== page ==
My two friends and I were now bonded and obviously in this together. And maybe this makes me less of an independent woman, but I have to say, I was relieved to be in the company of two gentlemen who allowed me to go first down the escalator, who waited while I used the bathroom in a deserted part of the airport and seemed to understand my fear about sleeping alone in an airport.
We dubbed ourselves "abandonmates." Yes, United Airlines pretty much abandoned us - no food unless we asked for it. No blankets for sleeping. No, "I'm sorry I can't help you." And worst of all, not any semblance of human compassion. We found our way to terminal C where we were to spend the night. I was slightly excited about running through a deserted terminal and checking behind all the empty ticket counters to see if I could find pillows and blankets for us. It reminded me of my childhood fantasy about being locked in a mall overnight. Yes, hallucinations were thoroughly in charge now.
I found three blankets and my two friends and I hunkered down for the night. By this time, I was so out of it, I wasn't sure if I could sleep and I questioned the wisdom of popping an Ambien to help with the process. Ambien won. I felt safe. I felt compassion and security with my friends and I swallowed a sleeping pill. All I remember as I drifted off was clanging of the change recepticles of a bay of pay phones as if someone was obsessively trying to remove money from them. It went on and on and on. Or maybe it didn't. I don't know. Snippets of what I thought profound poetry drifted through my drugged mind. "Oh, I have to remember to write this as a poem," I thought...and then I thought no more.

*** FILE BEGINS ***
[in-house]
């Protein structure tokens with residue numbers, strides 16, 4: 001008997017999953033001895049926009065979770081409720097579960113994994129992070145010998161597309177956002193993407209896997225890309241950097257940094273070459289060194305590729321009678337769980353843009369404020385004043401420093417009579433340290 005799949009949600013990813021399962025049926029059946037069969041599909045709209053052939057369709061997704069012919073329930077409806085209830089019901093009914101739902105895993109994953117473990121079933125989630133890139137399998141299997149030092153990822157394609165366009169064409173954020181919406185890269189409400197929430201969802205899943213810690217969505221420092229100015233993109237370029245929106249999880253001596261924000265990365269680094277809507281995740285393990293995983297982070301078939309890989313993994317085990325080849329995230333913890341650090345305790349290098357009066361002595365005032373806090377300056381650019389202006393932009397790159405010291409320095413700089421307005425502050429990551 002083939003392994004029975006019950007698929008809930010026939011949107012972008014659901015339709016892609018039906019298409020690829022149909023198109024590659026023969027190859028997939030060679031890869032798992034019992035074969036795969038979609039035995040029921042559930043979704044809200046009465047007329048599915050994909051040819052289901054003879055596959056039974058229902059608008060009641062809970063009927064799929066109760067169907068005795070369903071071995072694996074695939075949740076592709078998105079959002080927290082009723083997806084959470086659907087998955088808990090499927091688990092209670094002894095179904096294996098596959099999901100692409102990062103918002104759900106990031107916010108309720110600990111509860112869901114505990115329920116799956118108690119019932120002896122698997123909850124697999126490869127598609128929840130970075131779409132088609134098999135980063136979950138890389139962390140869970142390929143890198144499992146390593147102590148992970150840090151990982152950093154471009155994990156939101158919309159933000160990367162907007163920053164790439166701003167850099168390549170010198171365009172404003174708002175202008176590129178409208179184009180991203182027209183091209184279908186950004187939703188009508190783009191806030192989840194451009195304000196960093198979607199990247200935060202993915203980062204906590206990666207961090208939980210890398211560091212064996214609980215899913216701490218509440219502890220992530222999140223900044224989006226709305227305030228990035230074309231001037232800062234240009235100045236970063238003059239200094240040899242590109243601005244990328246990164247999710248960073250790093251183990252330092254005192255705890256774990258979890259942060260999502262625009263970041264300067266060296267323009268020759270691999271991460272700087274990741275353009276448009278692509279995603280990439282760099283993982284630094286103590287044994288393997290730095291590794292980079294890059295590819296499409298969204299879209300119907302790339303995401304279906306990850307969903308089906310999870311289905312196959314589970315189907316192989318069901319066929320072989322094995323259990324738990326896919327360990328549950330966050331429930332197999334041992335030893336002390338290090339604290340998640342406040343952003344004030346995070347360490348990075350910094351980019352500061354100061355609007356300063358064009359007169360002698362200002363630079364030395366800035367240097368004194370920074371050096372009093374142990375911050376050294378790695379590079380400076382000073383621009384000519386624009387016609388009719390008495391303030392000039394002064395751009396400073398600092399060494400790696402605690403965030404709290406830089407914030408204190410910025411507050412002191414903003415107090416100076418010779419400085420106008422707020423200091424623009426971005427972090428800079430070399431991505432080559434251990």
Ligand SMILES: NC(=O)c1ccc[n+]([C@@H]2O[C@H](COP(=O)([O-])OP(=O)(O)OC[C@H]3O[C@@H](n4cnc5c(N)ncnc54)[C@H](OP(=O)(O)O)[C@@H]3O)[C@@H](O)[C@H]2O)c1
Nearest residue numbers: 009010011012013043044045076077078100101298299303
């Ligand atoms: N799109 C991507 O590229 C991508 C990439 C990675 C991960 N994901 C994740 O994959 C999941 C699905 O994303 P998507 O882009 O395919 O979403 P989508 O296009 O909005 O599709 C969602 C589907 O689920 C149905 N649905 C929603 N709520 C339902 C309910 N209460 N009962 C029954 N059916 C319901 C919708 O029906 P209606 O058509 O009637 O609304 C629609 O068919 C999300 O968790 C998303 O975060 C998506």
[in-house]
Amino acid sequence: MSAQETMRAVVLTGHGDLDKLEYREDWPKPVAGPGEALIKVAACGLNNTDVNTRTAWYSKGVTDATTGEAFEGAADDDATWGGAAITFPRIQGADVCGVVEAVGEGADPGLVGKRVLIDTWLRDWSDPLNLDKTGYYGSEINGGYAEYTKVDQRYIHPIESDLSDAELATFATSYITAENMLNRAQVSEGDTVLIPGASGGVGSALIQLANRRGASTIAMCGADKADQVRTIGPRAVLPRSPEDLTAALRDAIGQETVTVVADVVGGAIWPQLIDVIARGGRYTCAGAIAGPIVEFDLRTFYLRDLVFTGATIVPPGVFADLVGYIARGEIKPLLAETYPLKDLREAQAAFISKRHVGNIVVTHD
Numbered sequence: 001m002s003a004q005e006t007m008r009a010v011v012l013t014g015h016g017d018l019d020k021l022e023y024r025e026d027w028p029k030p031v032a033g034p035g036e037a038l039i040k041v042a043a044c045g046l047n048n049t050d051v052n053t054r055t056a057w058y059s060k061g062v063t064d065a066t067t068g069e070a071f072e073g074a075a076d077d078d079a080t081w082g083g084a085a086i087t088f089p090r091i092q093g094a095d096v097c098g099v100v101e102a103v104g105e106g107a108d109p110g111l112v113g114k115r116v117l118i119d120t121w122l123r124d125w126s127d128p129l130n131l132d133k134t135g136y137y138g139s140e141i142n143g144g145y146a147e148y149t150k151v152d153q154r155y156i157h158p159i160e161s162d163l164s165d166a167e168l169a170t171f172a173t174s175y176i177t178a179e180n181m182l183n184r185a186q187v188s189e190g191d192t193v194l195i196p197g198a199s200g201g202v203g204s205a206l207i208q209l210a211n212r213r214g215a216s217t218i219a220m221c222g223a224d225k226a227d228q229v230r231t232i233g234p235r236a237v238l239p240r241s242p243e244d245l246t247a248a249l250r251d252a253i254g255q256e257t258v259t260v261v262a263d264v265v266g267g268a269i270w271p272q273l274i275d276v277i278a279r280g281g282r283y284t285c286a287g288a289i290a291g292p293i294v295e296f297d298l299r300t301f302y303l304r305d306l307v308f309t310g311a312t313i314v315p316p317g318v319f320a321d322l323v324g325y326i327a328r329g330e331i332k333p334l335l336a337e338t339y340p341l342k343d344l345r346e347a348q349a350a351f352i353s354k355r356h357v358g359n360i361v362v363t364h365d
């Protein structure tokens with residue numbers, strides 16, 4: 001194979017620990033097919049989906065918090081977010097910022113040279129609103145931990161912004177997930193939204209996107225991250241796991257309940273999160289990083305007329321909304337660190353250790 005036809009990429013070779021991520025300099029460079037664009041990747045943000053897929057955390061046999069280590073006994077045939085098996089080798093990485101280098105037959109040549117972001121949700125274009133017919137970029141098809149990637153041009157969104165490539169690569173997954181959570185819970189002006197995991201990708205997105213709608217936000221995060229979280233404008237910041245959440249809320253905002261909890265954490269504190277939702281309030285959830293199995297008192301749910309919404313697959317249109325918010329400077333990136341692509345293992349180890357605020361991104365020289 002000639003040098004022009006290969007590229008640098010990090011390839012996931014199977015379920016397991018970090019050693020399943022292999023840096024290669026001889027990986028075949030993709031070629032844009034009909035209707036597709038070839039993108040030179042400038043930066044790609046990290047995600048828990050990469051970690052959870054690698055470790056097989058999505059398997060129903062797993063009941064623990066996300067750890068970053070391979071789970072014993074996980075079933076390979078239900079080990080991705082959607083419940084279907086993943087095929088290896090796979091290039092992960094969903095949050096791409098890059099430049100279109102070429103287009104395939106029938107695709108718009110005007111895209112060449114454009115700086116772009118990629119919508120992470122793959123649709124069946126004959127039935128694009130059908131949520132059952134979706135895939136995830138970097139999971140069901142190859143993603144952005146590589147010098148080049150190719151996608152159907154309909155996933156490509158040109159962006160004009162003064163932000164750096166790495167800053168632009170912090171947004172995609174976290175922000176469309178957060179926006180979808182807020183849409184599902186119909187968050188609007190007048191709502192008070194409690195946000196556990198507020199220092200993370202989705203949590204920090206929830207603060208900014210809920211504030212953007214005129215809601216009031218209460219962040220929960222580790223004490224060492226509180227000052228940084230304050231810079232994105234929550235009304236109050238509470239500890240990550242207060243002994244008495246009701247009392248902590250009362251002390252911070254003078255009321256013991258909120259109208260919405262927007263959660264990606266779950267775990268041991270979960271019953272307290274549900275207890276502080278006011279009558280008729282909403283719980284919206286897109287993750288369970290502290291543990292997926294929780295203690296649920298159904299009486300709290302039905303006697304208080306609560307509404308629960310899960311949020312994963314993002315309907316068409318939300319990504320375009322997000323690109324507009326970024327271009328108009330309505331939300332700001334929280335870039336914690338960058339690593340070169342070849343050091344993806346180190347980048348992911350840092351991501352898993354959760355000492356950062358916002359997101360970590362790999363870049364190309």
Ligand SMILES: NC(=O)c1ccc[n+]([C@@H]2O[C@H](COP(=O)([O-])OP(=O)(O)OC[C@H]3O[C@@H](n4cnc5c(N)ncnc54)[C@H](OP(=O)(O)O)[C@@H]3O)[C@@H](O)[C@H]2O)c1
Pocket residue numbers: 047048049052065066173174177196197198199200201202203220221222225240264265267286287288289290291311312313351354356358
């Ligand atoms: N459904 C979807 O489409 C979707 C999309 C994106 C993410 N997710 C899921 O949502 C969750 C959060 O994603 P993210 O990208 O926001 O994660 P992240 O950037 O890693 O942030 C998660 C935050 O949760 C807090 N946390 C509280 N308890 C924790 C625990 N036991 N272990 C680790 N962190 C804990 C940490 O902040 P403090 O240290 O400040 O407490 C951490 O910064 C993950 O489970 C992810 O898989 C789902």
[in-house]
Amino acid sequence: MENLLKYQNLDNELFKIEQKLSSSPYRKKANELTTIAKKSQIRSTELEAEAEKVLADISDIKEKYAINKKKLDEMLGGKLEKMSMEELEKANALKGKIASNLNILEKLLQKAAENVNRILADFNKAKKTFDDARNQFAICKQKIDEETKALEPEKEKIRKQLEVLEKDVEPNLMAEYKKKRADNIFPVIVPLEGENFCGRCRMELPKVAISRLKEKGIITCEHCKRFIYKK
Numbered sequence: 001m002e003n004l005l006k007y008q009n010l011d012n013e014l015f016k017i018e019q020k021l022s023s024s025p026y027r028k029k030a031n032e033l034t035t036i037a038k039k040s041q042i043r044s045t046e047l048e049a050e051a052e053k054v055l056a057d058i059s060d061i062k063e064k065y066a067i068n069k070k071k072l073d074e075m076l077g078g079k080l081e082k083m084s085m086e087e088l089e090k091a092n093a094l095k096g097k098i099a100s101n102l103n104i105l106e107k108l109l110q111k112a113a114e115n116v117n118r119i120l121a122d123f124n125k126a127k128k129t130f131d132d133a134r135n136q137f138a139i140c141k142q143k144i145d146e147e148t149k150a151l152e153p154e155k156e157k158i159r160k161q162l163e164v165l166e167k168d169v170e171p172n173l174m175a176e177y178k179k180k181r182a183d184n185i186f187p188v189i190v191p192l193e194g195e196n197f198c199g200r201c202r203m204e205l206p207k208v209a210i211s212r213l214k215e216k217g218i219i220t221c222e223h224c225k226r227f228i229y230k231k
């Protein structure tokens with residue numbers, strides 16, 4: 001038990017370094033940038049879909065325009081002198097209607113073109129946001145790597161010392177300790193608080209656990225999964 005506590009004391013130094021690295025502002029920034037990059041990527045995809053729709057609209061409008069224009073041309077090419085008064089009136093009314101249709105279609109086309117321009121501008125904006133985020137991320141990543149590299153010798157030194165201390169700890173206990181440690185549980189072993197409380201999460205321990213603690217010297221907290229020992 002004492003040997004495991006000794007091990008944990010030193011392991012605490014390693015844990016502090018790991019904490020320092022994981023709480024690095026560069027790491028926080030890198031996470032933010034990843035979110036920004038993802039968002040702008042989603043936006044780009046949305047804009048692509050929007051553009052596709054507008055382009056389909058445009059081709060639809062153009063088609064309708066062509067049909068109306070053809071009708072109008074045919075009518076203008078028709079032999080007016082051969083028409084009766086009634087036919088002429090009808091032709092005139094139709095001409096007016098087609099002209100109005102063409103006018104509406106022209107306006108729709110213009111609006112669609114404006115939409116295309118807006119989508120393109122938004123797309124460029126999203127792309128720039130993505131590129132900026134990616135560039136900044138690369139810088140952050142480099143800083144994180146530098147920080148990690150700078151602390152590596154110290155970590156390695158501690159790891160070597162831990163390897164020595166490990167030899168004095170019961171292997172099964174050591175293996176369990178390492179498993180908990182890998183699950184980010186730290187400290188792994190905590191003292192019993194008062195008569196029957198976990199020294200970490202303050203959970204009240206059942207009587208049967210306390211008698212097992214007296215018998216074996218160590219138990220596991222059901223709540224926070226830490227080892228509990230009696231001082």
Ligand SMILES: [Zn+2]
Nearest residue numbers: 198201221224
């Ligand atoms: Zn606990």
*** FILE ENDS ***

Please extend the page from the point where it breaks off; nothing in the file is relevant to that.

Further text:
I awoke four hours later to an airport coming to life in the early morning hours. We still had five hours before our rebooked flight left. I worked a little. In all my burnout and exhaustion all I could think of was work and how burnt out I've been feeling. I ranted and raved in my own mind about work until it dawned on me. The compassion I was so craving from the airline personnel was the same compassion I felt unable to give myself.
So, I sat in the awakening terminal C and did my dirgha breathing. Calming breaths at first for compassion and then a little later, the breath of joy to breathe new life into my body. I even meditated for a short time. Cross legged on an uncomfortable bench, I forced myself to smile ever so slightly and to breathe. I held the smile for about 10 minutes. Yes, I cared that I looked like an idiot. Yes, I care more about compassion and peace.
The rest of the story is rather dull. I made it home to Burlington, was reunited with my luggage and drove home from the Burlington airport consciously forcing myself to be alert.
As I write this, I am still exhausted even though I've slept for a few hours and I am trying to figure out if this story is about travel hell or human compassion. It's about human compassion. What would it take for those United employees to have some sensitivity training and for irritable travelers to be trained in the art of compassionate assertiveness. What is the power of a thank you? Of a kind glance? Of deep breathing into a different state? What is the difference between the weary traveler who becomes abusive and swears and the weary travelers who become friends and help and protect one another as my two friends and I did?
I don't know the answers. It's a much bigger issue than an airline issue. I'm noticing it in other places in my life - the places where I'll walk away from a confrontational person versus the places where I will calmly try to have a conversation versus the places where I, too, realize I am human and my potty-mouthed, judgmental self kicks in. But she rarely stays for long. These days I'm learning to thank her for her contribution and working on not engaging her.
Yeah, this is rambly. I don't care. I'm working on something bigger. Understanding. Empathy. Compassion. Self. It's got to begin there.